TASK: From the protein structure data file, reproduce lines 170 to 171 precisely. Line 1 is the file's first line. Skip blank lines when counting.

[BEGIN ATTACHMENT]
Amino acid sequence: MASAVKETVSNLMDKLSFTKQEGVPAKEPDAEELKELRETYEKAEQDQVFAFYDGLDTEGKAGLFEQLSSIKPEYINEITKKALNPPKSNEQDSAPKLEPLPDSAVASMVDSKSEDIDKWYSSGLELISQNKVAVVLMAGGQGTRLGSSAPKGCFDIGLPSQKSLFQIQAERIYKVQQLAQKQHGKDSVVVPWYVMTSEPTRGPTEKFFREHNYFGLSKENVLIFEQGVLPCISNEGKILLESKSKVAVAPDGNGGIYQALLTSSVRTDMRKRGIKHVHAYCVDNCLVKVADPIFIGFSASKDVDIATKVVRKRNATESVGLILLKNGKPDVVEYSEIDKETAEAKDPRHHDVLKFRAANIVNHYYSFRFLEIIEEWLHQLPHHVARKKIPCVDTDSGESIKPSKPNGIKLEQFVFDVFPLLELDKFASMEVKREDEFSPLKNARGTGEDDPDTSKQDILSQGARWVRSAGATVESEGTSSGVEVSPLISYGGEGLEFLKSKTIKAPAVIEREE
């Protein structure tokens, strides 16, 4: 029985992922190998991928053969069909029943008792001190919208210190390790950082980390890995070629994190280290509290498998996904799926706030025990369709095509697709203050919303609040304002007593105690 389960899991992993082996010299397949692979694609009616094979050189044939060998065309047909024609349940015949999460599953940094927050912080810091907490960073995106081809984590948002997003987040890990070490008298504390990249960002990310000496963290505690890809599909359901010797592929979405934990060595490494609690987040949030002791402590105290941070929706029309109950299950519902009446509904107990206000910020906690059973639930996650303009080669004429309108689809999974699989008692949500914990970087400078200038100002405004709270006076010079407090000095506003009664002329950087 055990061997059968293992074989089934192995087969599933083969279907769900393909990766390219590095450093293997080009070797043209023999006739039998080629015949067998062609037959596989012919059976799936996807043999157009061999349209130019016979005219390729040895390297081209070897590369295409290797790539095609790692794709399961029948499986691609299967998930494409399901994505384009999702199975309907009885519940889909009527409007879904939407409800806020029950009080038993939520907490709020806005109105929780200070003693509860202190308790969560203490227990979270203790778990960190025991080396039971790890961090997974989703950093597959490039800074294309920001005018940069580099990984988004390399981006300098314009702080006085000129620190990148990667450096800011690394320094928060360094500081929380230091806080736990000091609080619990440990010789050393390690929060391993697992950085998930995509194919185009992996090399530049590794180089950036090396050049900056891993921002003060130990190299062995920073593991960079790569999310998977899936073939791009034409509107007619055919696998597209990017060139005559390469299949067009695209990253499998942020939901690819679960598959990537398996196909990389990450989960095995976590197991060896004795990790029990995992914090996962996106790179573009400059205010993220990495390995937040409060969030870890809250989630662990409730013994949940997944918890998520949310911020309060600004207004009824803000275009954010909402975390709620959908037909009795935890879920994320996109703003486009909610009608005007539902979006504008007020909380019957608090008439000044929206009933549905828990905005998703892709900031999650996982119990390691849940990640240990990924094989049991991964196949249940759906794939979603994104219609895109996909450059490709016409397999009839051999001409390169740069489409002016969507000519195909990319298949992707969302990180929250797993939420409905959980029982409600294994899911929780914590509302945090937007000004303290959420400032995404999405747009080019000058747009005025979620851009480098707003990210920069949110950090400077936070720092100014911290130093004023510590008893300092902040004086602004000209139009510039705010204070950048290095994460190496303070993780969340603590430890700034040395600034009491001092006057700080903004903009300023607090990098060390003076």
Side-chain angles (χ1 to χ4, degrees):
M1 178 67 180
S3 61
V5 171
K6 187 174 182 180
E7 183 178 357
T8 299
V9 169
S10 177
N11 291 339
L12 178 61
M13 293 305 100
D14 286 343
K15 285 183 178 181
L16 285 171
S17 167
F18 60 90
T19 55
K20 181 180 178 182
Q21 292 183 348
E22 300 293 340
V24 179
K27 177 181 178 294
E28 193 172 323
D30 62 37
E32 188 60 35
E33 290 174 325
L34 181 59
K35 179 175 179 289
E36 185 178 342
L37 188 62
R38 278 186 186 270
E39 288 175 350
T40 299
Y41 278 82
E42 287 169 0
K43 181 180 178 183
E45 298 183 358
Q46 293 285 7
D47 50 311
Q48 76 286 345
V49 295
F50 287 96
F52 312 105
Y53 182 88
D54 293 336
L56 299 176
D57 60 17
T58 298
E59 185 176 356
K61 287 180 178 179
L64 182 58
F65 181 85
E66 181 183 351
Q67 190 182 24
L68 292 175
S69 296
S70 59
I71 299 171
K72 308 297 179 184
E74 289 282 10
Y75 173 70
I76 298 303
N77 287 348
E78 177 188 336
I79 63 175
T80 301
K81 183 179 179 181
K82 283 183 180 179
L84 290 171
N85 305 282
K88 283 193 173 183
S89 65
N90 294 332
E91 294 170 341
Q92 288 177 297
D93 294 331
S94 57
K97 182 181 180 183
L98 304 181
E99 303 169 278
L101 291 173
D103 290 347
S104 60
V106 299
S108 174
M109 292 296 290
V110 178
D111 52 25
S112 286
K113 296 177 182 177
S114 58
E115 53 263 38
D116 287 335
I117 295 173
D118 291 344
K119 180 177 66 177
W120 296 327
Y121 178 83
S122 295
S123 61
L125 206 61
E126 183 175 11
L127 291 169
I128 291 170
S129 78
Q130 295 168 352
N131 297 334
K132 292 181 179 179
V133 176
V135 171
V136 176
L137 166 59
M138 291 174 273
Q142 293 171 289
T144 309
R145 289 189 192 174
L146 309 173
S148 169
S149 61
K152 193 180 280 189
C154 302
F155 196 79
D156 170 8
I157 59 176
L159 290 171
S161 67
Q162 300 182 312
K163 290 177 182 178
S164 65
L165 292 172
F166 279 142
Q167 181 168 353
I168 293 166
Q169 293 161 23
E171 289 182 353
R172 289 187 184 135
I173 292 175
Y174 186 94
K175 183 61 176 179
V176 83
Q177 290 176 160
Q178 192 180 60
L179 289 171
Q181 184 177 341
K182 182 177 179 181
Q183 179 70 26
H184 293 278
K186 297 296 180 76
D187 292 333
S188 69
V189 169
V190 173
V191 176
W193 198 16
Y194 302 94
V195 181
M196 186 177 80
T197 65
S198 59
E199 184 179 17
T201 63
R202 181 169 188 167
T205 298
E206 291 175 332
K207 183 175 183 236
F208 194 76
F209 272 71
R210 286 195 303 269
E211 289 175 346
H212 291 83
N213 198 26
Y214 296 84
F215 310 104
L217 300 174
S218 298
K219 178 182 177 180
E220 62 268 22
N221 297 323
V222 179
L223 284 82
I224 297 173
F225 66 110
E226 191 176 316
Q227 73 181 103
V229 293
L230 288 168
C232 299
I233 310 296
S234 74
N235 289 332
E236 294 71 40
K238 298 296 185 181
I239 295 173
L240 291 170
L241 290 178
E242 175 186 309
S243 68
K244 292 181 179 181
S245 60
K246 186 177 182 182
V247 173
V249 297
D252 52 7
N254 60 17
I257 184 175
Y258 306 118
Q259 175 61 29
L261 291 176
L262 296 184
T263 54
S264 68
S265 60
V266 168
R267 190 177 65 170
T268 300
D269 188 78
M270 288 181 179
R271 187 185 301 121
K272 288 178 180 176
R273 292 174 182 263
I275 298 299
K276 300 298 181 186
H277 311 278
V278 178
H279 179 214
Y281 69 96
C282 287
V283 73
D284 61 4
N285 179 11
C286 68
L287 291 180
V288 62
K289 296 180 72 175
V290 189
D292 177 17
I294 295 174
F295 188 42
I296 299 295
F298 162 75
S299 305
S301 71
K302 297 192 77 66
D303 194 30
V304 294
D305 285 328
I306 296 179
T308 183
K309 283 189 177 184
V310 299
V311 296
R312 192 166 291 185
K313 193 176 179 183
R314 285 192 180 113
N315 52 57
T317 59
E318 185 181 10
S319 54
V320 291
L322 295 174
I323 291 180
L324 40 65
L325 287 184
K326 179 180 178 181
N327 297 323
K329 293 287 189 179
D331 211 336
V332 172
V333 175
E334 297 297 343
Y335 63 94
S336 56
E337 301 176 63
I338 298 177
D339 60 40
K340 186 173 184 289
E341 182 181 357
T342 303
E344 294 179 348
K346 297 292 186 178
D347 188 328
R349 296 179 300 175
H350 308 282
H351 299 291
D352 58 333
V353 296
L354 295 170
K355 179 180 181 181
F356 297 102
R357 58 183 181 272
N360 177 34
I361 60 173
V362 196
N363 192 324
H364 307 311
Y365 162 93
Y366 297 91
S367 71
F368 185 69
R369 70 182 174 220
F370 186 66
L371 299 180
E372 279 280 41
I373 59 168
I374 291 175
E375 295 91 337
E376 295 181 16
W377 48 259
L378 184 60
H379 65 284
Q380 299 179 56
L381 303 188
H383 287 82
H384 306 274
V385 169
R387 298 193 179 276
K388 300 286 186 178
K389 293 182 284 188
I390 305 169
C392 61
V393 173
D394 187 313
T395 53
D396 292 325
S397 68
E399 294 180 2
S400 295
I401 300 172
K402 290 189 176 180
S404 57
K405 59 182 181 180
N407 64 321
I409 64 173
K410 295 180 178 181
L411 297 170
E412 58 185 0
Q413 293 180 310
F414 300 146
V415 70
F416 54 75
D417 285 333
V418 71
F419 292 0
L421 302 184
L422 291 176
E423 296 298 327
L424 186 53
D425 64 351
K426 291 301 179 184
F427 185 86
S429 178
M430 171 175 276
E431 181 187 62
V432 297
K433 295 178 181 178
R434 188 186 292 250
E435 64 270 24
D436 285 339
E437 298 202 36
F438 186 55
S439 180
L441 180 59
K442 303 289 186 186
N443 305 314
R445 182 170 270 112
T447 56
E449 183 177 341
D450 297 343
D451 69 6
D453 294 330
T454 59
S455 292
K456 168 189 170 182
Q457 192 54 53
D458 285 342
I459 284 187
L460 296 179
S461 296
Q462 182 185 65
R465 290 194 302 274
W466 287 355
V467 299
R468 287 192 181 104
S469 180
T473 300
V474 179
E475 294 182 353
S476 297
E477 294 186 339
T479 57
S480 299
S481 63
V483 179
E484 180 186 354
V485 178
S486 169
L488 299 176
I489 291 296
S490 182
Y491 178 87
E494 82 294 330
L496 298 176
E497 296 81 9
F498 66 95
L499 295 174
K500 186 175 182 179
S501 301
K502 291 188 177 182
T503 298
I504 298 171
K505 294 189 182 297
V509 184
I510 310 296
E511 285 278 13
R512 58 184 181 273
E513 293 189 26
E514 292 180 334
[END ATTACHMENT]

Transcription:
F209 272 71
R210 286 195 303 269